LONDON - Scotia Holdings plc released positive results in the pivotal Phase III trial of Foscan, its photodynamic therapy for the treatment of head and neck cancers. This paves the way to complete an NDA submission to the FDA by the end of September.

Foscan was granted fast-track status in March, and the company, based in Stirling, Scotland, said that pending approval it will launch the product by the second quarter of 2000.

CEO Rob Dow told BioWorld International, "We are very pleased because we always believed that Foscan would have great palliative benefits, and we have now demonstrated that this is so. In addition this is good news for our investors - to hear that sales are on the way, and there is an end in prospect to the cash burn."

This submission will not be Scotia's first. It previously applied, unsuccessfully, for approval in Europe of Tarabetic for the treatment of complications of Type II diabetes. Dow said it was of "enormous significance" to be on the way to getting approval of Scotia's first filing in the U.S.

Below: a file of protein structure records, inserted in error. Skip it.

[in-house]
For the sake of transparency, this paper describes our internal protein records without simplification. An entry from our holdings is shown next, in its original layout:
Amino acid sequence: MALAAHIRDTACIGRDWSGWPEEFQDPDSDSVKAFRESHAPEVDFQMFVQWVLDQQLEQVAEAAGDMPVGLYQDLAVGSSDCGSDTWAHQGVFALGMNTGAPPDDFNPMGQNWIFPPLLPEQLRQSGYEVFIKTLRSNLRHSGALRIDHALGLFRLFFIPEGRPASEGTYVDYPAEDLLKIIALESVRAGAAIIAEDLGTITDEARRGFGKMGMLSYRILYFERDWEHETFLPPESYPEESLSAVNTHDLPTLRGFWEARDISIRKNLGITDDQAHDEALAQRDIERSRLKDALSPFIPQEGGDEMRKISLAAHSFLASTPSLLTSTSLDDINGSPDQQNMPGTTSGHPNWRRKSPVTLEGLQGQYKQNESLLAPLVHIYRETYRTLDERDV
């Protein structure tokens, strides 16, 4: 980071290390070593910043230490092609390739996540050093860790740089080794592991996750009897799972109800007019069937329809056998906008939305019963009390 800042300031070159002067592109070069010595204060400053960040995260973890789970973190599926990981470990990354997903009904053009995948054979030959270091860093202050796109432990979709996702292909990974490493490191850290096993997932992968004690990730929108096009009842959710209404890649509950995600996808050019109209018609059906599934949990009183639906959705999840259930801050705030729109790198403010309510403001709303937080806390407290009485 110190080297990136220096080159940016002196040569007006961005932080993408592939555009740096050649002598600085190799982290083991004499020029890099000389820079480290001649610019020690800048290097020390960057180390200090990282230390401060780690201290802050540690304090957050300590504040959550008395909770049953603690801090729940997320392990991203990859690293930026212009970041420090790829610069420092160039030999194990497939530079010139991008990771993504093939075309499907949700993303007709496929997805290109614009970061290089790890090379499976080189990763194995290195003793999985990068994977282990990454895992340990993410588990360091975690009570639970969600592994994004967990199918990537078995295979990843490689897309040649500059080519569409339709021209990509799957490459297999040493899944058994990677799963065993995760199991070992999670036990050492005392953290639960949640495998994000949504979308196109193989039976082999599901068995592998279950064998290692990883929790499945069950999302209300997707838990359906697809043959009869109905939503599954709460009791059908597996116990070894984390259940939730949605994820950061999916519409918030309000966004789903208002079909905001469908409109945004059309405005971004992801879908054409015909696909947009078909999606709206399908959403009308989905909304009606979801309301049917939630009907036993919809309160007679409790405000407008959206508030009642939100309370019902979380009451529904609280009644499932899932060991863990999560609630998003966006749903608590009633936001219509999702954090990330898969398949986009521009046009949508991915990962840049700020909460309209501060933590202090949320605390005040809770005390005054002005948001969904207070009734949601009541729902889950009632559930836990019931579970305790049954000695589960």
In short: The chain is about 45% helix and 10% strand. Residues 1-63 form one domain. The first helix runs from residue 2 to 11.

"Those [filings] in Europe failed through inadequate data, so it will have a big impact on the standing of the company and on the staff to know that we have the competence and skills to put together a successful application," he said.

The full data are to be presented at a forthcoming meeting but in summary they show 60 percent of patients treated with Foscan derived clinical palliative benefit, 15 percent achieved meaningful reduction of tumor, and 11 percent had complete tumor response.

Foscan was partnered with Boehringer Ingelheim, but the US$39 million deal was terminated in December 1998. Dow said discussions with potential partners are ongoing and he expected to agree to a deal by the time the FDA grants approval.

Scotia also is planning to expand the indications for Foscan, and will soon start new clinical trials in undisclosed cancers.